Announcements / April 2018

USCRI Urges the Administration and Congress to Continue the Humanitarian Program for Nepalis

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USCRI Urges the Administration and Congress to Continue the Humanitarian Program for Nepalis

For Immediate Release:
April 26, 2018

Stacie Blake; 703.310.1166

The U.S. Committee for Refugees and Immigrants (USCRI) strongly opposes today’s announcement by Secretary of Homeland Security Kirstjen Nielsen to terminate the humanitarian program of Temporary Protected Status (TPS) for approximately 9,000 legally present Nepalis.

“Today we find ourselves with a decision made against contributing members of our communities who have lived, worked and paid taxes legally in the United States,” said Eskinder Negash, President and Chief Executive Officer for USCRI.

Country conditions in Nepal are fragile in the wake of widespread destruction from an earthquake in 2015.   Less than 13% of the homes affected have been rebuilt and for those that have, it is due to the remittances sent by Nepalis working in America.  Nepali TPS holders contribute to the US economy as well as regional stability. Nepali TPS holders work legally in the United States, especially in important sectors like home health care services.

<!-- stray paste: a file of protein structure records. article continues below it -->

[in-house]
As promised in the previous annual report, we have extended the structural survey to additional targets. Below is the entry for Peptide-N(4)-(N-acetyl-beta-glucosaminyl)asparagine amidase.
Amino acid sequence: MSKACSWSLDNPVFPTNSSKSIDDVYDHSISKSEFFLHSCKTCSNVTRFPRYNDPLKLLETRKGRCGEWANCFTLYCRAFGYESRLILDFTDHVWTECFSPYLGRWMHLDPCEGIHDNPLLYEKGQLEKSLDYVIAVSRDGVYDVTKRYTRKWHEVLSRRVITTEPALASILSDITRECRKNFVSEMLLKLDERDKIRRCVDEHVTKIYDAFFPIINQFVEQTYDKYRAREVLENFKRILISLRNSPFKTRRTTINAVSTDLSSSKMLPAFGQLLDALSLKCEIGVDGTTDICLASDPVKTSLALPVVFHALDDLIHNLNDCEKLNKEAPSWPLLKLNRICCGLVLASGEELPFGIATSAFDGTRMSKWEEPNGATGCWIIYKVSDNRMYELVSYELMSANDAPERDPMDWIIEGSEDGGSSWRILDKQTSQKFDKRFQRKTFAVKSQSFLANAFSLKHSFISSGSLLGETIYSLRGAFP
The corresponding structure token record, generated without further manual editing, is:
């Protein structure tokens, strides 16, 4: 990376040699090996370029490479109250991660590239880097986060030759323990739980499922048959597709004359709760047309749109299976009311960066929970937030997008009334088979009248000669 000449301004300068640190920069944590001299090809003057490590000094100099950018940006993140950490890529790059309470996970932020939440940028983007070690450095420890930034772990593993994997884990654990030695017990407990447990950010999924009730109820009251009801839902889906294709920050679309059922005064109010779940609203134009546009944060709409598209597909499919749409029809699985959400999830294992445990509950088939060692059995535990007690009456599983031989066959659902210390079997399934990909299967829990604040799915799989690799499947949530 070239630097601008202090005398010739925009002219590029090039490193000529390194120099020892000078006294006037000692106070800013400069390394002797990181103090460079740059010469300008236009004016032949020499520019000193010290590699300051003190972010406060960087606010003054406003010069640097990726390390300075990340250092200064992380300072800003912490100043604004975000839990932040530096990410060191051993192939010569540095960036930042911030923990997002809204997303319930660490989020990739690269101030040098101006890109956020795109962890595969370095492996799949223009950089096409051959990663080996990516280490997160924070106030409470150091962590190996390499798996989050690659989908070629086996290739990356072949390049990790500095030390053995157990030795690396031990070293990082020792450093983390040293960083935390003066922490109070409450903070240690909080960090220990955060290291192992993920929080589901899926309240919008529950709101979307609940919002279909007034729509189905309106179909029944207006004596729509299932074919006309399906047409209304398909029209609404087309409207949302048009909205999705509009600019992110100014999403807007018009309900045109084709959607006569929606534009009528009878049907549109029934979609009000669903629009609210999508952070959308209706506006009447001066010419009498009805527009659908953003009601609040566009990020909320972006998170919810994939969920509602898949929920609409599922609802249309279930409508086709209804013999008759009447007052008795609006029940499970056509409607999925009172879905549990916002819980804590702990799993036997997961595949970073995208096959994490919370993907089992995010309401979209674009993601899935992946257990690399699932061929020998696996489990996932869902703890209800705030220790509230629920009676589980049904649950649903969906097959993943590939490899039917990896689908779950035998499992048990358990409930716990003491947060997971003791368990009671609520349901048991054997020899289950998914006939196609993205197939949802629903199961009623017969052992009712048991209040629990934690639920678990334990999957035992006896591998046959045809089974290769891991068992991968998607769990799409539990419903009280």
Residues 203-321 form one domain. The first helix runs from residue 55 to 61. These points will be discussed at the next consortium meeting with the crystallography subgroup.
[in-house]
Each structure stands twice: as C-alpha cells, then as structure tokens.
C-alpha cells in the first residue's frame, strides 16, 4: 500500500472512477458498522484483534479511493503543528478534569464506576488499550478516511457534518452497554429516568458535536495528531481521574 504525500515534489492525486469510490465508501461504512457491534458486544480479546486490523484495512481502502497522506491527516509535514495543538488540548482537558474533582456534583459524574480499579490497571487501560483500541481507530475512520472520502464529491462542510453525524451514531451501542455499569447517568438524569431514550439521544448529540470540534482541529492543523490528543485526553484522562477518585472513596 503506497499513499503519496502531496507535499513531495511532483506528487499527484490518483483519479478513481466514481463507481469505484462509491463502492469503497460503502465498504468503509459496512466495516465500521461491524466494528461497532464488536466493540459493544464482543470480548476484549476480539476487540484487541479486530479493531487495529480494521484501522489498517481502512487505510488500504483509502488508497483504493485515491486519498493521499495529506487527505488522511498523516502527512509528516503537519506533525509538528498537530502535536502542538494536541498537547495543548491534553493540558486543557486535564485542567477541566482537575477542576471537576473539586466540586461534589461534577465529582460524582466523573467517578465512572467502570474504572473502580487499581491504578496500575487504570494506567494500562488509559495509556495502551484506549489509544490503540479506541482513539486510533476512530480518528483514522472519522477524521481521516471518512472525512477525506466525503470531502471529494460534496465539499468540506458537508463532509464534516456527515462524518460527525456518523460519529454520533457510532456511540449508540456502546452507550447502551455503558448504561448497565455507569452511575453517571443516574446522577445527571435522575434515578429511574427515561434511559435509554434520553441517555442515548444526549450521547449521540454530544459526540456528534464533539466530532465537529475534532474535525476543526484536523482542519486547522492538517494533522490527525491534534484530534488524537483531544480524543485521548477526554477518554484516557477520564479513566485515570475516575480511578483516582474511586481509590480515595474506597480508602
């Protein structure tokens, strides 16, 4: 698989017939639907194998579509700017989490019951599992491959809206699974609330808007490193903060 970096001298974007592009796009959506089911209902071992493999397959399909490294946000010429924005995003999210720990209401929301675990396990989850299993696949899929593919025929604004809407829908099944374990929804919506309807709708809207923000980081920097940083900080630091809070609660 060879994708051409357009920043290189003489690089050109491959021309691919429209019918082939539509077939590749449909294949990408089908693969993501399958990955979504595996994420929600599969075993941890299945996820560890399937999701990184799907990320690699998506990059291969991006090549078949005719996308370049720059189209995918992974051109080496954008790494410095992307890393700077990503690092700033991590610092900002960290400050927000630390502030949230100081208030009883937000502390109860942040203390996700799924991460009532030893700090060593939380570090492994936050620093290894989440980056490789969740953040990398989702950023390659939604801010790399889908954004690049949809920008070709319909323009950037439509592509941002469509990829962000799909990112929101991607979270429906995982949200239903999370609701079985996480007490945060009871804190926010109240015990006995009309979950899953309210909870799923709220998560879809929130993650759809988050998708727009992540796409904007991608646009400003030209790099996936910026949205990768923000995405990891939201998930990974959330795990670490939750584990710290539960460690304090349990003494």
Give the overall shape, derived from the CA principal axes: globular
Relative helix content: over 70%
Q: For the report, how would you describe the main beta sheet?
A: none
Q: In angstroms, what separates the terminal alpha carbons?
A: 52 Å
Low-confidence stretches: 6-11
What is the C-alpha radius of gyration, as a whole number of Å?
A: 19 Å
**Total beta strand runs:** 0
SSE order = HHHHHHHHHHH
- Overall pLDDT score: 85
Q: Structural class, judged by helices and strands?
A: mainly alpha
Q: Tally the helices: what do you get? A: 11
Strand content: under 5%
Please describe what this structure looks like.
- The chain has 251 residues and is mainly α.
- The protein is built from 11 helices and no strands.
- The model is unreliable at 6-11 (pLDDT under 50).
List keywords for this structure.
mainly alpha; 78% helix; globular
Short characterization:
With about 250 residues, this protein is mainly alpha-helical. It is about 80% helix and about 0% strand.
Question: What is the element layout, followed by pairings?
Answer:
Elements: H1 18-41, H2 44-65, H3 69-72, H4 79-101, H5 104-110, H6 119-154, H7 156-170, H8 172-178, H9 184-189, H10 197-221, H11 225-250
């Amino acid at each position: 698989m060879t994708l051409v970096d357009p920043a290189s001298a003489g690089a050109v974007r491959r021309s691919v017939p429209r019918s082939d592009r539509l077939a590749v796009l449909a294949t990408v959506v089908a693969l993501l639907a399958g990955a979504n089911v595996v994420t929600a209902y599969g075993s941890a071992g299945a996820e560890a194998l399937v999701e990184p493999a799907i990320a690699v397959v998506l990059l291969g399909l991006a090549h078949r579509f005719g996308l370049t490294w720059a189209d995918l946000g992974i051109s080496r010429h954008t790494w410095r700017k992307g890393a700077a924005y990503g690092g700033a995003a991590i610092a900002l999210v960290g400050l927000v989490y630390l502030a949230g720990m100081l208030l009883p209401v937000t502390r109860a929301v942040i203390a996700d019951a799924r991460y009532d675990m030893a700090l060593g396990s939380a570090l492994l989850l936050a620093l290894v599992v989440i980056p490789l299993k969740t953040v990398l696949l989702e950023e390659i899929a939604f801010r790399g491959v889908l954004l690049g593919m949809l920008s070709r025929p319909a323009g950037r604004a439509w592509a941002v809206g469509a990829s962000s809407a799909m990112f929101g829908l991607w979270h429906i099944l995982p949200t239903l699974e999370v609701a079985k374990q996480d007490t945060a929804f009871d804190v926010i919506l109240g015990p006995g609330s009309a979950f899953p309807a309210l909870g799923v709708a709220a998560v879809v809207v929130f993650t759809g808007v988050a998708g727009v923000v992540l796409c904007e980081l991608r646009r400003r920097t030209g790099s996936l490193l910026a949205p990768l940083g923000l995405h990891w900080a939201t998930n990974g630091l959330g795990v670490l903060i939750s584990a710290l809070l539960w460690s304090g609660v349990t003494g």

USCRI staff visited Nepal in 1990 to document the conditions of Tibetan refugees living in the country who had fled Chinese occupation and persecution in Tibet. 

The termination of TPS for Nepalis follows on the same decision made for those from El Salvador, Honduras, Nicaragua and Haiti earlier this fiscal year as well as the closure of the Central American Minor refugee program. These actions continue to disrupt the lives of law abiding, tax paying individuals across the country.

USCRI urges immediate action by Congress to protect all TPS holders, maintain families and provide meaningful legal alternatives for those from El Salvador, Haiti, Sudan, Nicaragua and Nepal.

For over 100 years, USCRI has protected the rights and addressed the needs of persons in forced or voluntary migration worldwide and supported their transition to a dignified life.

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